Reducing your risk of complications
You can reduce the risk of certain complications by following your treatment plan including:
- Ensuring that all members of you care team are aware of any allergies you have
- Following activity, dietary and lifestyle restrictions and recommendations before surgery and during recovery. This includes physical therapy, occupational therapy and other rehabilitation treatments.
- Informing your doctor if you are nursing or there is any possibility that you may be pregnant
- Notifying your doctor immediately of any concerns, such as bleeding, fever, increase in pain, or wound redness, swelling or drainage
- Taking your medications exactly as directed
How do I prepare for my colectomy?
You are a very important member of your own healthcare team. The steps you take before surgery can significantly improve your outcome after the procedure. You can prepare yourself for colectomy by:
- Answering all questions about your medical history and medications you take. This includes prescribed medications, over-the-counter drugs, herbal treatments, and vitamins. It is a good idea to carry a current list of your medical conditions, medications, and allergies at all times.
- Getting pre-operative testing as directed. Testing will vary depending on your age, health, and specific procedure. Pre-operative testing may include a chest X-ray, electrocardiography (ECG), blood tests, and other tests as needed.
- If you are overweight, talk to your doctor about losing weight before surgery through a healthy diet and exercise plan.
- Following diet restrictions as directed by your doctor. This may include a low-residue diet for a few days before surgery. Your surgeon will restrict eating or drinking just prior to surgery. Your surgery may be cancelled if you eat or drink too close to the start of the procedure due to a risk of complications. These include choking on stomach contents during general anesthesia.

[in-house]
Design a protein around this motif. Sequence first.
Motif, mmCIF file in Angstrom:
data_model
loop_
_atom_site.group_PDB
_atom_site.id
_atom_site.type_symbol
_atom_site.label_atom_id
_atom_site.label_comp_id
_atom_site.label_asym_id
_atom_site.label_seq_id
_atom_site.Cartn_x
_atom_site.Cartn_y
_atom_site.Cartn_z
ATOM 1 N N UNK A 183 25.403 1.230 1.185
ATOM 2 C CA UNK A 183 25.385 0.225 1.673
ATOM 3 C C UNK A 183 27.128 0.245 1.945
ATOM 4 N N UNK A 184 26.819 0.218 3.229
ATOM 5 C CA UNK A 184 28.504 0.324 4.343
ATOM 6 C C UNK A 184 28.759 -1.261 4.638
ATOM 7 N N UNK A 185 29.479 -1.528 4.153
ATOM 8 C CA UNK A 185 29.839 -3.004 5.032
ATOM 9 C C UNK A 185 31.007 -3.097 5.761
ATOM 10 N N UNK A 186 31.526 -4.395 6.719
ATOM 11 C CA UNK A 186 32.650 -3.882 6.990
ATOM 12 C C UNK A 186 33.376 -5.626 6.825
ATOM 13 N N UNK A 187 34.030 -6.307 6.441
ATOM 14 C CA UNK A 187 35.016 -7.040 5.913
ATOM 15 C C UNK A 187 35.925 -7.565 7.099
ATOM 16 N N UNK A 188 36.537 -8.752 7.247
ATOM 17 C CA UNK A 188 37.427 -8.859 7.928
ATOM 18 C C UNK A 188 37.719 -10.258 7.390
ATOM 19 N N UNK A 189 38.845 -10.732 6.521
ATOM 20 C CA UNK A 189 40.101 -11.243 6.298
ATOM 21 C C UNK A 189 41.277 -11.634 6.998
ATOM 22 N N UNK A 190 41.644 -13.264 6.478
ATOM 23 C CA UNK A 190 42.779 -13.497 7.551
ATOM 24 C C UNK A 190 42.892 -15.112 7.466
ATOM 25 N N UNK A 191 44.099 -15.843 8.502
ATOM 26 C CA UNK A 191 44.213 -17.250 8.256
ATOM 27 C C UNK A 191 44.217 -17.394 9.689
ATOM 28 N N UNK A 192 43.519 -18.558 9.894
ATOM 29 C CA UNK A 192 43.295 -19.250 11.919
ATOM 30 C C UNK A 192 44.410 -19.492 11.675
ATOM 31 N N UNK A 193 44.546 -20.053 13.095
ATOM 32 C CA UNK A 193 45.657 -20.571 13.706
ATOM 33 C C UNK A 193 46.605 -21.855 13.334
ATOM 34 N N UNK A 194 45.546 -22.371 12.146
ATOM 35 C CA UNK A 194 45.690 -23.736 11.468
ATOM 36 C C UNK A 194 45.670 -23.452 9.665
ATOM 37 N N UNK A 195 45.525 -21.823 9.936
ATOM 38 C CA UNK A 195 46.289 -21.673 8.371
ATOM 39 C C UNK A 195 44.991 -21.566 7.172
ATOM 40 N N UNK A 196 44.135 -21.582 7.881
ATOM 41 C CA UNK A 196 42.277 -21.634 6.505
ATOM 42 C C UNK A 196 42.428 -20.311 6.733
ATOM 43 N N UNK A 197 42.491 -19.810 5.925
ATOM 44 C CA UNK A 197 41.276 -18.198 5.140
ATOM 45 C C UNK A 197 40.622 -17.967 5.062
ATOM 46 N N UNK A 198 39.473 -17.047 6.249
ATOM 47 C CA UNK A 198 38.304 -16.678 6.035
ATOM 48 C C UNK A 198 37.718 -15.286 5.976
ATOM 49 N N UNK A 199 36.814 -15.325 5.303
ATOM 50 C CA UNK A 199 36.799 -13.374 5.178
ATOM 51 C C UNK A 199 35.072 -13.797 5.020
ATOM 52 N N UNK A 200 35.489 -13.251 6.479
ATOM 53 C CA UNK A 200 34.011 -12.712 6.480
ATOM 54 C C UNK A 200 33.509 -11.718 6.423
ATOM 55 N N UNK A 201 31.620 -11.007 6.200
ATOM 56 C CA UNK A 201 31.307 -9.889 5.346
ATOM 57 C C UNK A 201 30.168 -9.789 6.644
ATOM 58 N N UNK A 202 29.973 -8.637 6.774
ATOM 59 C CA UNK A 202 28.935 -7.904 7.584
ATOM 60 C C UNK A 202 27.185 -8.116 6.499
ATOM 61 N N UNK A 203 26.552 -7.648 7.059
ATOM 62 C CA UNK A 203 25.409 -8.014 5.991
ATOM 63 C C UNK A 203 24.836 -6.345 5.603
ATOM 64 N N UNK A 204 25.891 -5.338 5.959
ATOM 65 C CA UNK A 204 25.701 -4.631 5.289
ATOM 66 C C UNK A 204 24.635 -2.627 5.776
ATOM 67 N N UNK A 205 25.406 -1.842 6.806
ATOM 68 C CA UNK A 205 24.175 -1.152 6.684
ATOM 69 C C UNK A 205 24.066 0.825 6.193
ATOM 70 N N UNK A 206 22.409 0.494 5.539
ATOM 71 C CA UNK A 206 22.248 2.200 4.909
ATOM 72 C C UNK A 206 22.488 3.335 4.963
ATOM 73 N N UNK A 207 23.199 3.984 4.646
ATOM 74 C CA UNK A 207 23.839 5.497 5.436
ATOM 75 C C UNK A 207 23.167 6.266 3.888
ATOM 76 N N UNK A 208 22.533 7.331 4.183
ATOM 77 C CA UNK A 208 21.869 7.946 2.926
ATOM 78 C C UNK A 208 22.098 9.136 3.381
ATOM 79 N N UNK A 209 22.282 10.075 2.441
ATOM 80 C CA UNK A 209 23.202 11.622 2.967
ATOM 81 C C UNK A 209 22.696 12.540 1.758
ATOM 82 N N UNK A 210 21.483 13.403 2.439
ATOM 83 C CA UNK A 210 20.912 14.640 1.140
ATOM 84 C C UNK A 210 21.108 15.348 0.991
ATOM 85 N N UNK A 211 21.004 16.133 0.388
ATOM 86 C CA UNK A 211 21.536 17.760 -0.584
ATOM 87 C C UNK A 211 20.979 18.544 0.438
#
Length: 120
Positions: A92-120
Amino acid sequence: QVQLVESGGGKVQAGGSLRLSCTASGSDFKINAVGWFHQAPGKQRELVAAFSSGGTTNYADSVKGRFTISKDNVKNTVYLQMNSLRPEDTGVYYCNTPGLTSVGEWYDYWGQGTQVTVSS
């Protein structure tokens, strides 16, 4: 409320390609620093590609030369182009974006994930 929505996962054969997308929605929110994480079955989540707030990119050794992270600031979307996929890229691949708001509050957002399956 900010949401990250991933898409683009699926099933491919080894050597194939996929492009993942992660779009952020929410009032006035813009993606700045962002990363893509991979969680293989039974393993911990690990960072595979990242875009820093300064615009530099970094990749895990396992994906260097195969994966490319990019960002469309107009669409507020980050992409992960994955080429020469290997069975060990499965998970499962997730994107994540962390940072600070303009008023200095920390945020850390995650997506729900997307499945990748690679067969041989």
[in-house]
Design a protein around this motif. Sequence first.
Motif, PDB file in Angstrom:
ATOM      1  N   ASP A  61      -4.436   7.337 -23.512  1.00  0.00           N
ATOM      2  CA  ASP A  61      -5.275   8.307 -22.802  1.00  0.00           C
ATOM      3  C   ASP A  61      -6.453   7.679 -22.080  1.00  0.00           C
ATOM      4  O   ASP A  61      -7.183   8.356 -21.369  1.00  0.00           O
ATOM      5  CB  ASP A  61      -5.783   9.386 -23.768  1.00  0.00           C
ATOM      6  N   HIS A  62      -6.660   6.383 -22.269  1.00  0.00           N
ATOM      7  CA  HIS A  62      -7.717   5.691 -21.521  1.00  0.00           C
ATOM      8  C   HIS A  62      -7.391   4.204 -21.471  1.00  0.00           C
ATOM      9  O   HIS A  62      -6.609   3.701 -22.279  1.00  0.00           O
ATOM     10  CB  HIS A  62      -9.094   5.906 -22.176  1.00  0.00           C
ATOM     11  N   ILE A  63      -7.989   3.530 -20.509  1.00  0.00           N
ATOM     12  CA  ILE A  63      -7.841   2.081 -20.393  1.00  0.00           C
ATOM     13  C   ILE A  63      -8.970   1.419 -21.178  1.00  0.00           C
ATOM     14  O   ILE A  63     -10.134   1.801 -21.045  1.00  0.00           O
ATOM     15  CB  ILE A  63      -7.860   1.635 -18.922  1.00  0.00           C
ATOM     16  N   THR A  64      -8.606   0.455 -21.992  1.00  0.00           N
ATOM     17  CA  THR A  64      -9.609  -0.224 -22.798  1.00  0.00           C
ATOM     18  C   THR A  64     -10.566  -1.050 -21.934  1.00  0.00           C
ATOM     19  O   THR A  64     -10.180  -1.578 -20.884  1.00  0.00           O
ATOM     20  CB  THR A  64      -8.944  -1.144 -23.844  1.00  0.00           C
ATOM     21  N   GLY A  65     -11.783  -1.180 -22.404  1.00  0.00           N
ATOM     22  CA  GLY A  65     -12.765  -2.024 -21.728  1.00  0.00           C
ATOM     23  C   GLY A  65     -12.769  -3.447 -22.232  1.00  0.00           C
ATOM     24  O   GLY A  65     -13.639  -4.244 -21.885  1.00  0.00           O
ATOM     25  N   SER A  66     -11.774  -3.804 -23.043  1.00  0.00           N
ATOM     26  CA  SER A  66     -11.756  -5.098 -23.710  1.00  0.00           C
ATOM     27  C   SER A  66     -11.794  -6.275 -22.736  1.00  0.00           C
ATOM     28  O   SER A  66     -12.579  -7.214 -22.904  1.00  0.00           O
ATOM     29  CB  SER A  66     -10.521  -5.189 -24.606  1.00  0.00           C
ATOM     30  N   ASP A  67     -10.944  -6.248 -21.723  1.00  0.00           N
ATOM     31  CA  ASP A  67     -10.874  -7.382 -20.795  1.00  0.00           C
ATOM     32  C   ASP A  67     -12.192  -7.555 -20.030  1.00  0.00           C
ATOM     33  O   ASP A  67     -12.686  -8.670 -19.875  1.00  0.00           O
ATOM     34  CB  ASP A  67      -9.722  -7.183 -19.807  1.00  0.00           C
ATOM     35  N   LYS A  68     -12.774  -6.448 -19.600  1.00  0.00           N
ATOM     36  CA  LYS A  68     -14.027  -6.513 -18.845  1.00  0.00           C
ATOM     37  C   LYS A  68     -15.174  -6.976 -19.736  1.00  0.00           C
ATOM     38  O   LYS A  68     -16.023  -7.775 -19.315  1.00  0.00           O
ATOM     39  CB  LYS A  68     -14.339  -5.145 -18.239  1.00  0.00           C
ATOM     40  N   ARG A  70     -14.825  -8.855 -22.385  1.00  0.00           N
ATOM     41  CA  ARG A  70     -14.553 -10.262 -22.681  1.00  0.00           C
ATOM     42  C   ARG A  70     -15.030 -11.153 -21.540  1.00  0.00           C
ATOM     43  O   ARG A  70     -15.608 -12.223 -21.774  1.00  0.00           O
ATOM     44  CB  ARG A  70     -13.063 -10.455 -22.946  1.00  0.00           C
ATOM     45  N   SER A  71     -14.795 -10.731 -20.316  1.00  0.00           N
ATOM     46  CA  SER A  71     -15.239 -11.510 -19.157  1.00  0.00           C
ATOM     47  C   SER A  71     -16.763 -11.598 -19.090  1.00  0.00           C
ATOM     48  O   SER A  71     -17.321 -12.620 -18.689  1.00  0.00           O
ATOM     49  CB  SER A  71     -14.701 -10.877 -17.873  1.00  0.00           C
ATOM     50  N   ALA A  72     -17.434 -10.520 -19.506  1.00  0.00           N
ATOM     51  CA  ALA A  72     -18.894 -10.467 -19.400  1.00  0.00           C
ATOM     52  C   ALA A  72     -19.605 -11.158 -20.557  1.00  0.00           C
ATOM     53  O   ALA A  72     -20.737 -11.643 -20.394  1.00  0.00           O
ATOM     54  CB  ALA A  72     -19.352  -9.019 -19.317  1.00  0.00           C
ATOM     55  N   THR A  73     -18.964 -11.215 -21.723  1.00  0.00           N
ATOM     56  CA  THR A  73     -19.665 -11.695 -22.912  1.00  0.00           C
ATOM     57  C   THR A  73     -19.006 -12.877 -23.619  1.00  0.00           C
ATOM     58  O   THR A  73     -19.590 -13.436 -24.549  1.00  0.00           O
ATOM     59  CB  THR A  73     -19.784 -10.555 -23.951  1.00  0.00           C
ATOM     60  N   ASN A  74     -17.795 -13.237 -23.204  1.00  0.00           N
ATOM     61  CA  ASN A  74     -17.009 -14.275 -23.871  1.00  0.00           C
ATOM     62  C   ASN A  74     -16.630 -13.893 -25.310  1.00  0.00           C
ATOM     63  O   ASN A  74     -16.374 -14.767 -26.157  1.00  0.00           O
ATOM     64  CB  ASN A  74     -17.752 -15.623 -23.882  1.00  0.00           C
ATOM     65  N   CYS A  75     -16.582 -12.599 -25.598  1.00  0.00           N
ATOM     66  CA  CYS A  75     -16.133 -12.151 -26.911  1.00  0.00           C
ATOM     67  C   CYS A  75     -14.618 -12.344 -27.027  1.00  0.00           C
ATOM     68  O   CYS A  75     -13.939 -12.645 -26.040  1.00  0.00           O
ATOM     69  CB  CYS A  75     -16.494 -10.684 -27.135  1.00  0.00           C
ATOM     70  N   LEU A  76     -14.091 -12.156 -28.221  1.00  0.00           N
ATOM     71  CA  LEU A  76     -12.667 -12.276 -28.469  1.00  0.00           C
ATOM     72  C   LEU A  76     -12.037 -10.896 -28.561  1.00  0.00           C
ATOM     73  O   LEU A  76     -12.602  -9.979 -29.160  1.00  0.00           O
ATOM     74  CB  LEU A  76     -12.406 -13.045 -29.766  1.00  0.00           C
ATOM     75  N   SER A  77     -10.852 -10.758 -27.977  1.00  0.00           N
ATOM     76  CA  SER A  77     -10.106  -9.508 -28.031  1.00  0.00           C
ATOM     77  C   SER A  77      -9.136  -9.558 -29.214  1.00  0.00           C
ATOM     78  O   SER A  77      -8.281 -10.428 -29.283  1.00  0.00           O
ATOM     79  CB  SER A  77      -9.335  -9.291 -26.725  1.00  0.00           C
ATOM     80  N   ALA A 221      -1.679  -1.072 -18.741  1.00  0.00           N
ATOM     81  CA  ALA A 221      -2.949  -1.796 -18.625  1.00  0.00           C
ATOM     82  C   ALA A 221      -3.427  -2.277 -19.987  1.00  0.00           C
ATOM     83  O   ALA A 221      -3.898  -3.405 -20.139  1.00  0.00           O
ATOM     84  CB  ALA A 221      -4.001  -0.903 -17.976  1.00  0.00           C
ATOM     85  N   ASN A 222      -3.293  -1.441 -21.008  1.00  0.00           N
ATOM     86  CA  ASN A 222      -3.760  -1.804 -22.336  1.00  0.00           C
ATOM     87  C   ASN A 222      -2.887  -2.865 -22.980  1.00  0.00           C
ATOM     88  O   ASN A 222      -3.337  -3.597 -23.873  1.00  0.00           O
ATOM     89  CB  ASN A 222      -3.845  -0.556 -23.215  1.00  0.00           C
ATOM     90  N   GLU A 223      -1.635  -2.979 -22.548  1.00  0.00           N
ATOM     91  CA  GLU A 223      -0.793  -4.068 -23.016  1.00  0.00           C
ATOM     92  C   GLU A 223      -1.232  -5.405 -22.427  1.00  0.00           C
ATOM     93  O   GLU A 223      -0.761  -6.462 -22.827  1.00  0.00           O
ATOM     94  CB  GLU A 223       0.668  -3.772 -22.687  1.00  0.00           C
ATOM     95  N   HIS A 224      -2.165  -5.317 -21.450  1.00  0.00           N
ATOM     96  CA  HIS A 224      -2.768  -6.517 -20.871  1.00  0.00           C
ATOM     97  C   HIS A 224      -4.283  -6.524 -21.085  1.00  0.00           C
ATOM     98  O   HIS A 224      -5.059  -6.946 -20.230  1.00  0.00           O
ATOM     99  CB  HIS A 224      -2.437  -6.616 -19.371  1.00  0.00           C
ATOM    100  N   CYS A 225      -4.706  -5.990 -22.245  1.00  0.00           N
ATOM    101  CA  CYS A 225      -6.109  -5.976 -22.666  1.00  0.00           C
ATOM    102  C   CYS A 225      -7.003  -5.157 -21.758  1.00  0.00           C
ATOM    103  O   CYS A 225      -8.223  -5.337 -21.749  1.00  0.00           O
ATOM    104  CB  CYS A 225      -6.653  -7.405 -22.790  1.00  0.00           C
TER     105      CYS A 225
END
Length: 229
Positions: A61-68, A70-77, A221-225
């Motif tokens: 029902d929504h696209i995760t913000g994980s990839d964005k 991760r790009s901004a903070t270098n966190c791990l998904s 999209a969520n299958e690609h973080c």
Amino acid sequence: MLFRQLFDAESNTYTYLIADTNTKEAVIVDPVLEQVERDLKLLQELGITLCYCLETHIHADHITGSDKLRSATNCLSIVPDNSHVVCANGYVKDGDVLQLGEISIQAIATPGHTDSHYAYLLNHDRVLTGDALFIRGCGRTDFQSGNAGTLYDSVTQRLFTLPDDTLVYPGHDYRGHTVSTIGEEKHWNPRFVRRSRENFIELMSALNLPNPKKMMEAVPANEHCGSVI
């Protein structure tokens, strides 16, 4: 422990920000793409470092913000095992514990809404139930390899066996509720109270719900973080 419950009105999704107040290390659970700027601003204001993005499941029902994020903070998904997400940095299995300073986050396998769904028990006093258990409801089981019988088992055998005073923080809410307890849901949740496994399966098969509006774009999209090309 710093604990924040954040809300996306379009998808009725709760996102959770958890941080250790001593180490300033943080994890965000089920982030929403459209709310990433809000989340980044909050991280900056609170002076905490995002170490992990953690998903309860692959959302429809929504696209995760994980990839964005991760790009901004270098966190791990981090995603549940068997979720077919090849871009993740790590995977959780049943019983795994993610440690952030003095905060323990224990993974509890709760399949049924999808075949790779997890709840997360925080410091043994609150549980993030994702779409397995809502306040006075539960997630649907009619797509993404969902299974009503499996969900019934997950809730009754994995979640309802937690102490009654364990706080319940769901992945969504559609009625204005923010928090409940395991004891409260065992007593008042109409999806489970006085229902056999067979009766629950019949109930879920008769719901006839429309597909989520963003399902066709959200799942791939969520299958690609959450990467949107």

- Stop smoking as soon as possible. Even quitting for a just few days can be helpful.
- Taking or stopping medications exactly as directed. This may include not taking aspirin, ibuprofen (Advil, Motrin), and blood thinners. You may also need to take antibiotics, enemas, or a special bowel preparation medication before surgery to reduce the number of bacteria in the colon. Your doctor will give you instructions for taking your specific medications and supplements.
Questions to ask your doctor
Facing surgery can be stressful. It is common for patients to forget some of their questions during a brief doctor’s office visit. You may also think of other questions after your appointment. You should contact your surgeon with any concerns before surgery. It is also a good idea to bring a list of questions to your pre-operative appointments. Questions can include:
- Why do I need colectomy? Are there any other options for treating my condition?
- What type of colectomy procedure will I need?
- How long will the surgery take? When can I go home?
- What kind of diet can I eat after surgery?
- What restrictions will I have after the surgery, and when can I expect to return to work and other activities?
- What kind of assistance will I need at home?
- Will I need physical therapy or rehabilitation?
- What medications will I need before and after the surgery?
- How will you manage my pain?
- How should I contact you? When should I see you in follow-up? Ask for numbers to call during and after regular hours.
What can I expect after my colectomy?
Knowing what to expect can help make your road to recovery after colectomy as smooth as possible.
How long will it take to recover?
After your colectomy, you will stay briefly in the recovery room until your vital signs are stable. When you wake up, you will have a tube in your nose that runs down your throat into your stomach. This tube releases air and drains fluid from your stomach until your body is able to process these substances by itself again.
© Copyright 2012 Health Grades, Inc. All rights reserved. This information is for educational purposes only and is not intended as a substitute for professional medical care. For specific medical advice, diagnoses and treatment, consult your doctor.